In the fifth year of his reign, Pharaoh Amenhotep IV and his beautiful wife Nefertiti, the Great Royal Wife, embarked on a lengthy journey from the country’s capital, Thebes, in Upper Egypt.
Aboard the royal barges, the monarch and his court traveled 225 kilometers down the River Nile until they arrived at Tell El-Amarna, also known as Amarna.
The Pharaoh interpreted his vision as a divine message: “It was my father, Aten, who instructed me to locate this place so that I could establish the Horizon of the Sun for him.”
Indeed, this appeared to be the site of a new city, founded by the King in honor of his new god, Aten, the solar disk, and he named it Akhetaten, the Horizon of Aten.
The royal entourage disembarked shortly after, and the so-called Little Temple began to take shape. Amenhotep documented the grandeur in the texts of the first monuments (stela) surrounding the chosen area.
The narrative crescendos with admiration for the god Aten and enthusiasm for the new capital, as the King designates the locations for the official buildings.
The Pharaoh went to great lengths to emphasize the role of his wife in the establishment of Amarna. In another text, he indirectly acknowledged that Nefertiti was his advisor and contributed to his decision-making.
Of further interest is another proclamation from the King: “I have made the ‘Horizon of the Sun’ as a farm for my father, Aten, and for it to endure in my name or in the name of the Great Royal Wife, Neferneferuaten Nefertiti.”
Akhenaten thus equates the enduring memory of his own legacy as the constructor of the Horizon of the Sun with that of the Queen.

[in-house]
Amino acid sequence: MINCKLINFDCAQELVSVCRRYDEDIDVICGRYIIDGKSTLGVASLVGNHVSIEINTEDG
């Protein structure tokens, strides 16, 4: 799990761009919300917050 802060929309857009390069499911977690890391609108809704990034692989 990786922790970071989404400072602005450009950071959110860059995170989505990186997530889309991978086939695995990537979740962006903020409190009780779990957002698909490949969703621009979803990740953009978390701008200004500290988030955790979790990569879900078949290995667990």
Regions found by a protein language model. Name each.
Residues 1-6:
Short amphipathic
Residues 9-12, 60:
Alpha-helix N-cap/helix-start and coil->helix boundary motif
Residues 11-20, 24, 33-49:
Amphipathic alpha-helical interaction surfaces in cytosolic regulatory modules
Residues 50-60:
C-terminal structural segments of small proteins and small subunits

Egypt Opens Its Capital
Amarna embarked on its journey as Egypt’s new capital.
From the onset of his reign, Amenhotep IV had aimed to establish the country’s primary god as the traditional universal creator, the Sun, under the patronage of Aten.
In Thebes, the traditional capital of the kingdom, the influential clergy of Amun and the haughty nobility of the time vehemently opposed this reform. This marked the end of statues and representations in human form of various deities, leaving only Aten.
To overcome this resistance, Amenhotep, now known as Akhenaten, opted to relocate the court to an uninhabited desert. The Pharaoh also chose to alter his own name, adopting Akhenaten, the “living spirit of Aten.”
Subsequently, the rulers, especially the Queen, assumed prominent roles in Amarna’s life.
Palace audiences, public processions, and religious celebrations punctuated the capital’s calendar, as depicted in the decorations of numerous tombs of Egyptian nobles preserved in the surrounding mountains.
The Royal Causeway, a grand processional route traversing the city from north to south, lined with temples and official buildings, held particular significance in these public events.
The sight of royal chariots passing along this avenue left the public in awe with unprecedented scenes. At times, the kings publicly exchanged kisses, while on other occasions, Nefertiti herself drove her own chariot – a sight rarely witnessed in other queens.